In the practice of optometry, there are many innovations in development that have the potential to enable eye care providers to deliver care to patients with dry eye more effectively while also improving practice efficiency. This article takes a look at some of these advances.


Although it is not new, telemedicine has definitely seen an increase in use and popularity in recent months. Prior to COVID-19, I admit, I was naïve as to the power of telemedicine in optometry. I was an early adopter of the ForeseeHome AMD Monitoring Program (Notal Vision), and I continue to advocate for its use for patients with high risk age-related macular degeneration, but more robust telemedicine and remote monitoring services were lacking in my practice.

Our ability to use technology to provide more efficient patient care is accelerating at a rapid rate. Patients enjoy the flexibility of receiving care without an in-office visit. In my practice, dry eye disease (DED) and telemedicine have been a great fit thus far. Here are some ways I’ve recently used telemedicine to enhance patients’ outcomes and experience with DED.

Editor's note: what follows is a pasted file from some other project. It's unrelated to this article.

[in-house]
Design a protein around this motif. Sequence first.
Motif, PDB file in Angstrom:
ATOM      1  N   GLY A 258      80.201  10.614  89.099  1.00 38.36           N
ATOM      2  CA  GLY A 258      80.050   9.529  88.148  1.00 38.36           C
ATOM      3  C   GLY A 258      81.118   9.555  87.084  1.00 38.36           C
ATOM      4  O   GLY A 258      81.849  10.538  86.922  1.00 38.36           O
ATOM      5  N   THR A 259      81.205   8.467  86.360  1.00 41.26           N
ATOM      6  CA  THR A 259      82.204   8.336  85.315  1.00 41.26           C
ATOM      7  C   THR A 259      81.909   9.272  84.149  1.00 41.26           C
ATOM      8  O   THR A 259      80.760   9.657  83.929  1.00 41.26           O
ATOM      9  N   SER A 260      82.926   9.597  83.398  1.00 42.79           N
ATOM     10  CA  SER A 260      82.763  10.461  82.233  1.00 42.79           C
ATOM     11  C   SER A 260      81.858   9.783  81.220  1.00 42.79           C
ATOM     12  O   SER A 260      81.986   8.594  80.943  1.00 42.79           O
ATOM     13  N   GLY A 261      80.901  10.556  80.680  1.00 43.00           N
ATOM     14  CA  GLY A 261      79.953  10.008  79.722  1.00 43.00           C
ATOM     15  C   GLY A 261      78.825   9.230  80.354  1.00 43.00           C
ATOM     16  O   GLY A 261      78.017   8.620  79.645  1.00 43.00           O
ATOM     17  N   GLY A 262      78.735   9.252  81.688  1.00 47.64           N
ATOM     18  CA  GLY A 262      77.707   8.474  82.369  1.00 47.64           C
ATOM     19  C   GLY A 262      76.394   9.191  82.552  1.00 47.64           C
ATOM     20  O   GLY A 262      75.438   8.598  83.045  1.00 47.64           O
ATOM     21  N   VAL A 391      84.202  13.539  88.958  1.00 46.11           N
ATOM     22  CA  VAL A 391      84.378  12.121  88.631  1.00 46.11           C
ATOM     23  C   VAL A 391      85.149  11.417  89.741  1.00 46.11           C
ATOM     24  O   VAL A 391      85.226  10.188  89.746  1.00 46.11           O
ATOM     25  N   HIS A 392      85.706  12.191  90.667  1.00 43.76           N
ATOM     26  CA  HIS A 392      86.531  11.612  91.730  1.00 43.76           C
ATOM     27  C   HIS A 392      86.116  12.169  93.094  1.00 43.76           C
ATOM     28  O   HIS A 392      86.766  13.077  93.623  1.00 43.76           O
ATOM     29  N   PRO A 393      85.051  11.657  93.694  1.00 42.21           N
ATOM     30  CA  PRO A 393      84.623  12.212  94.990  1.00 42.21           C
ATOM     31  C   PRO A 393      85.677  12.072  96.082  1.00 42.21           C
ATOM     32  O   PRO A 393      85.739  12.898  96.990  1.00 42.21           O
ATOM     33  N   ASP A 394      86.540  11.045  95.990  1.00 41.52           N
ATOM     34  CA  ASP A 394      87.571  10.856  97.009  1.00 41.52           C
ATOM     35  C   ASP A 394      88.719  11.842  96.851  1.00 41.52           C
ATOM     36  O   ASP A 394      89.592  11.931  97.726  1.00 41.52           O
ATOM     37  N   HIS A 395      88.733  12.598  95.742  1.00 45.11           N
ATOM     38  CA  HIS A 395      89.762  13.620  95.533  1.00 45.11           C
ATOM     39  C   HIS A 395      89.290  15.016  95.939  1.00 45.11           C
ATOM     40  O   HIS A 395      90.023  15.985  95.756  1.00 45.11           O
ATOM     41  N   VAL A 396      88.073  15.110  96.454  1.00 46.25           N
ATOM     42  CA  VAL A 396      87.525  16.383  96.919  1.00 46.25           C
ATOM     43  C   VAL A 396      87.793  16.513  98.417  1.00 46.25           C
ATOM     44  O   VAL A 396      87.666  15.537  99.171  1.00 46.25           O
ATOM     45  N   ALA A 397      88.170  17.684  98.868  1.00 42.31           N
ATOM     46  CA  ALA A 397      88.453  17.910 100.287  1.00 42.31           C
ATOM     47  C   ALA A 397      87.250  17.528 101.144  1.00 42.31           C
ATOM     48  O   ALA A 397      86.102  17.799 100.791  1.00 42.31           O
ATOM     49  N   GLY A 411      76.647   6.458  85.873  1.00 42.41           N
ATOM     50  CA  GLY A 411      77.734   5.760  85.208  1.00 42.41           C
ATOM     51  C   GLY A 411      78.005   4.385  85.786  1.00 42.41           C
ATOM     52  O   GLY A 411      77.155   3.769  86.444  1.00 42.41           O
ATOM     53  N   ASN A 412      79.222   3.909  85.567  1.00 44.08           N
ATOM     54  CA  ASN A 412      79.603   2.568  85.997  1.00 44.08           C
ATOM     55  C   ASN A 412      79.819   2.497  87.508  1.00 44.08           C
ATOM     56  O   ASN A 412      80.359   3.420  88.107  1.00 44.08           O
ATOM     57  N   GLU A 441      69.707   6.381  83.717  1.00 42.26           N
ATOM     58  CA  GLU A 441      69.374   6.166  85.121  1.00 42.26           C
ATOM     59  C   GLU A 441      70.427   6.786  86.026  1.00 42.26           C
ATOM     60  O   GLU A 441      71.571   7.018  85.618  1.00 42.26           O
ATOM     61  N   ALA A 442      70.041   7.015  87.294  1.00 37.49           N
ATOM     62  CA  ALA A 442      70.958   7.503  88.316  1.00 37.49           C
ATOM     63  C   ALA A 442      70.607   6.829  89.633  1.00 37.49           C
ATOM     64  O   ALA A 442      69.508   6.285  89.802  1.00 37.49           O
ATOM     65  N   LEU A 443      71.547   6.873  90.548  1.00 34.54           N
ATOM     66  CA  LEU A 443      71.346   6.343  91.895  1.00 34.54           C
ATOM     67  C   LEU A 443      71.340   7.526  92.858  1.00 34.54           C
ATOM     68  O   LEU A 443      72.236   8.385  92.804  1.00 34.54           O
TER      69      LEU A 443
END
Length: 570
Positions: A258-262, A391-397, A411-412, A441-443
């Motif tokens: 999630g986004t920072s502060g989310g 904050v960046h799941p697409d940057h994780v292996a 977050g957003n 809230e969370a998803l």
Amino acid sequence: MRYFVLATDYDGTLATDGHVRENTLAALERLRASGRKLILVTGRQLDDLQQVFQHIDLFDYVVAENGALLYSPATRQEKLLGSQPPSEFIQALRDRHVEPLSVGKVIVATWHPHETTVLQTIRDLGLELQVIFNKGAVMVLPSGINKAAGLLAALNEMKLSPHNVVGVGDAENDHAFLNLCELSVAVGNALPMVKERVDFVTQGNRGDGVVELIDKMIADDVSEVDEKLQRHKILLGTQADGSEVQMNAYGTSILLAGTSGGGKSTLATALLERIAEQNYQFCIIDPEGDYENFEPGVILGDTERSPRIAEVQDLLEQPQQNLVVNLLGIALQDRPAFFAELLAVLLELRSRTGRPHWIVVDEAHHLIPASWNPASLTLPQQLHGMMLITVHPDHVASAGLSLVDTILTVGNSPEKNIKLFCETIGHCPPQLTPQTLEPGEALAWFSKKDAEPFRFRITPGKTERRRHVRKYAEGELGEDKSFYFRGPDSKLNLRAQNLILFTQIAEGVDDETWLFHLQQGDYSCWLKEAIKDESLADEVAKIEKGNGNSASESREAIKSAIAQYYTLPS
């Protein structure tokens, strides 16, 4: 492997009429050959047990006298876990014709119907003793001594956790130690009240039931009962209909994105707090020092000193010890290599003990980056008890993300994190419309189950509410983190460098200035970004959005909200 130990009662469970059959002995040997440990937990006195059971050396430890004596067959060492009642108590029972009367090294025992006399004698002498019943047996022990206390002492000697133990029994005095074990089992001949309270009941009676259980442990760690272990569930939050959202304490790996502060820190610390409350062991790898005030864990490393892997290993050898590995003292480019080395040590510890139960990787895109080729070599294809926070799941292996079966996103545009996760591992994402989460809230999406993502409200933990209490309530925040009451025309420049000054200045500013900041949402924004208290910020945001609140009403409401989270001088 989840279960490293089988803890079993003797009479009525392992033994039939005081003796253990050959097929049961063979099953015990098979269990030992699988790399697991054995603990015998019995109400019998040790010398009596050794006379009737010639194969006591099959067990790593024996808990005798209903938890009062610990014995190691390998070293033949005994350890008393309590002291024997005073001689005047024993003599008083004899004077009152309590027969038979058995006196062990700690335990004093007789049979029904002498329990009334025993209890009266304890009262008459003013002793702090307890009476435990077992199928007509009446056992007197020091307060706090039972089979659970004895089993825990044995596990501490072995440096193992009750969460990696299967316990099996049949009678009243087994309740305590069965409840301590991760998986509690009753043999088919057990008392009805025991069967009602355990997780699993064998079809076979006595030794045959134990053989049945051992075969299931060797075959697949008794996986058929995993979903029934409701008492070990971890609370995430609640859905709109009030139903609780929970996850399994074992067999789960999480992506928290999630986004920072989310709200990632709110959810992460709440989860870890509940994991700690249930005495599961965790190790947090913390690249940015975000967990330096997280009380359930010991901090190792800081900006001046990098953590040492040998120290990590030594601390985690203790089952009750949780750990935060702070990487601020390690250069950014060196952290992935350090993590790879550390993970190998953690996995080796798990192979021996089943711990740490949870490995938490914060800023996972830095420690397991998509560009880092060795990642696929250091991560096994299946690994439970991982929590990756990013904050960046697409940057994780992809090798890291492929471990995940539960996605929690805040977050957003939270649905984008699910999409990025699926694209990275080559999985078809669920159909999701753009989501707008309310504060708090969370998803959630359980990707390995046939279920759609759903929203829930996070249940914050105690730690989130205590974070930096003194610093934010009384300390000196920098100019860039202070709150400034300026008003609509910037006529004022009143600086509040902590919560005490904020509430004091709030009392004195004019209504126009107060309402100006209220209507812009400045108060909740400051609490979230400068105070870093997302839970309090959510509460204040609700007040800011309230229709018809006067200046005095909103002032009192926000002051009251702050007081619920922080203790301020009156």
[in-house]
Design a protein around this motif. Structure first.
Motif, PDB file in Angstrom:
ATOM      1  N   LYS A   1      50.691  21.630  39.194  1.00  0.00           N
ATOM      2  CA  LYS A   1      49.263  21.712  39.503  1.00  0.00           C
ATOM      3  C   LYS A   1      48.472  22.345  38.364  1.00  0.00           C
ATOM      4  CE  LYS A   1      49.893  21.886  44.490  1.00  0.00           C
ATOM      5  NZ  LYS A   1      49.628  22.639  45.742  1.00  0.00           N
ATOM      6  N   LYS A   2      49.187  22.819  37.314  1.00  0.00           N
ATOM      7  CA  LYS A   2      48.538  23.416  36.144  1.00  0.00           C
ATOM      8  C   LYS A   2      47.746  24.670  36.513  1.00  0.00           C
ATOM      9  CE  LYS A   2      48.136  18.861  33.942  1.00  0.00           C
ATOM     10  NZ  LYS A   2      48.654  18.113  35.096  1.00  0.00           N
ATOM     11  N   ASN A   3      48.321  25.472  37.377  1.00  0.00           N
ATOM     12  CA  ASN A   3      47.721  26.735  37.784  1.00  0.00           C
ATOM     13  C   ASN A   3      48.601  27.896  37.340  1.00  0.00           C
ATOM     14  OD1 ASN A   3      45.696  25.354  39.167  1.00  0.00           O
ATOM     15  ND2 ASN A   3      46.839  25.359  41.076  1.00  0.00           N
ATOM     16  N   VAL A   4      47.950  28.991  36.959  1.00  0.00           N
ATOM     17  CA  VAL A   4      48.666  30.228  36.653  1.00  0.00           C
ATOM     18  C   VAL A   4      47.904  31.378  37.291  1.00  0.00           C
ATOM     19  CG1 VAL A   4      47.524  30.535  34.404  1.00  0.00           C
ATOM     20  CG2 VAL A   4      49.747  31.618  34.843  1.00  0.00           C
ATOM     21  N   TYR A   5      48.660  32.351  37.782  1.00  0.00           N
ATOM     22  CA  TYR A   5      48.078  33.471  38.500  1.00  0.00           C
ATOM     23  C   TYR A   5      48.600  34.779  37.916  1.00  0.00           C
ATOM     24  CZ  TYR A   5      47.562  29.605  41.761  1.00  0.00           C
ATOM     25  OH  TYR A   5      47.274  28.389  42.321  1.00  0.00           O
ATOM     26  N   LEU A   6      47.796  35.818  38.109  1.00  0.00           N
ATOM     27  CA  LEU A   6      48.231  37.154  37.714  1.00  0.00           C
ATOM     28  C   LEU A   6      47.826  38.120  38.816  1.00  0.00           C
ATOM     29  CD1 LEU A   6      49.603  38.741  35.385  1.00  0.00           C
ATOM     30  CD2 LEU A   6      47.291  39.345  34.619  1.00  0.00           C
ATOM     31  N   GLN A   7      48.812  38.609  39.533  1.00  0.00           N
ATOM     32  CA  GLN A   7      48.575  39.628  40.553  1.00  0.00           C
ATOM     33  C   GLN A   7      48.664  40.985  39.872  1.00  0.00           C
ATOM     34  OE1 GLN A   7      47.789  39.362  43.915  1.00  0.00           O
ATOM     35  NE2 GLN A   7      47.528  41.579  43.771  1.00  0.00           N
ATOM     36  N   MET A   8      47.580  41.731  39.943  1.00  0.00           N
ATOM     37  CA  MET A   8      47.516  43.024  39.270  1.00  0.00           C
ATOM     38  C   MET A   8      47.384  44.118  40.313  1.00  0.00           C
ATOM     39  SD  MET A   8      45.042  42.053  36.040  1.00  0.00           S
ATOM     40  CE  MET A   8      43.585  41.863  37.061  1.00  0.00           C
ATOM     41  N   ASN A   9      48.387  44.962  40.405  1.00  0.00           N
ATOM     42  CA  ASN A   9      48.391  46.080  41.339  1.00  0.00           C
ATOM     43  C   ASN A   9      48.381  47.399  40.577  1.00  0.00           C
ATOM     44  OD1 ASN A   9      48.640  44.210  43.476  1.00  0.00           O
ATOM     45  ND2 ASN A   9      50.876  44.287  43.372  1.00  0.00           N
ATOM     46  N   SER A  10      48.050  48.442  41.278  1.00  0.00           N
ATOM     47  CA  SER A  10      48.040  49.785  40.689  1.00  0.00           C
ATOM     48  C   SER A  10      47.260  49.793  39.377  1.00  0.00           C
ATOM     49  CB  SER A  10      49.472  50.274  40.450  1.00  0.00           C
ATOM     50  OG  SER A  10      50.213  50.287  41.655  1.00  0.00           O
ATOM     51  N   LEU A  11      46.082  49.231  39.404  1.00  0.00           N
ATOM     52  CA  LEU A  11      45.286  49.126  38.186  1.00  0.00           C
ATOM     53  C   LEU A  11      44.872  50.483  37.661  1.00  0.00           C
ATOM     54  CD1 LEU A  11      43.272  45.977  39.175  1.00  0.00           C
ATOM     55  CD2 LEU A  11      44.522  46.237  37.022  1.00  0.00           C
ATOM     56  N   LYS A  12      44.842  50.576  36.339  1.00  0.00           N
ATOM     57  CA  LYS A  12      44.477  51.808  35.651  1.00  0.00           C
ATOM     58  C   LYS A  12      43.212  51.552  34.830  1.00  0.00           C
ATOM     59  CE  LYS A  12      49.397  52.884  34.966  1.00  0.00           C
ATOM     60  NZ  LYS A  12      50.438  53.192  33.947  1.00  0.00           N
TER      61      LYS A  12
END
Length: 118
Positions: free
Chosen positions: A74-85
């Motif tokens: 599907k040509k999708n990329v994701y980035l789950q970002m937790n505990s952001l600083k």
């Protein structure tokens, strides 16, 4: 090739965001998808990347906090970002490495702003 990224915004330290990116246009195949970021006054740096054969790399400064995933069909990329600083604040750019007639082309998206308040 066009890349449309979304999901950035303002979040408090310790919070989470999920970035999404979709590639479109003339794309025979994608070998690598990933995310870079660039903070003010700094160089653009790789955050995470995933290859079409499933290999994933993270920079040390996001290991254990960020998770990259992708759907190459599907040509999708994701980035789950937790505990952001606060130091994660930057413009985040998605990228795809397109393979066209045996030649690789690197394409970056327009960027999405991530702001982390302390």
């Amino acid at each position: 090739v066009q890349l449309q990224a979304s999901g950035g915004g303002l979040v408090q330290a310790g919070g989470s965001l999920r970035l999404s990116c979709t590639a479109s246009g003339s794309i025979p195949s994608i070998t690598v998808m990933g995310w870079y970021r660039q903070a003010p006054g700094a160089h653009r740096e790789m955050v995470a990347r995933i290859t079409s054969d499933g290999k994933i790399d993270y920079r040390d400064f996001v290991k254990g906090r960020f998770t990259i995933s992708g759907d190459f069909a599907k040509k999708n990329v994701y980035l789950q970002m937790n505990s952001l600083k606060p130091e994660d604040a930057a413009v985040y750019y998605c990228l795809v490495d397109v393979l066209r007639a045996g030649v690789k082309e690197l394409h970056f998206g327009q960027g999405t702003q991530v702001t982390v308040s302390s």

Patient Education

We can educate patients about DED and available treatment options before their first visit to our office via a video chat or phone call from a staff member or me. The discussion can include self-pay in-office procedures such as intense pulsed light therapy and treatment for meibomian gland disease.

Progress Checks

We can offer a virtual progress check, in lieu of an in-office visit, 2 to 4 weeks after initiating DED therapy, which may range from nutraceuticals to prescription therapy to in-office procedures. This gives us an additional opportunity to discuss the chronic and progressive nature of the disease, encourage compliance with prescribed therapies, identify any challenges with obtaining the recommended products, and refine treatment goals and management strategies. An in-office follow-up is typically scheduled after this virtual visit at an appropriate time interval.

Prescribing From Afar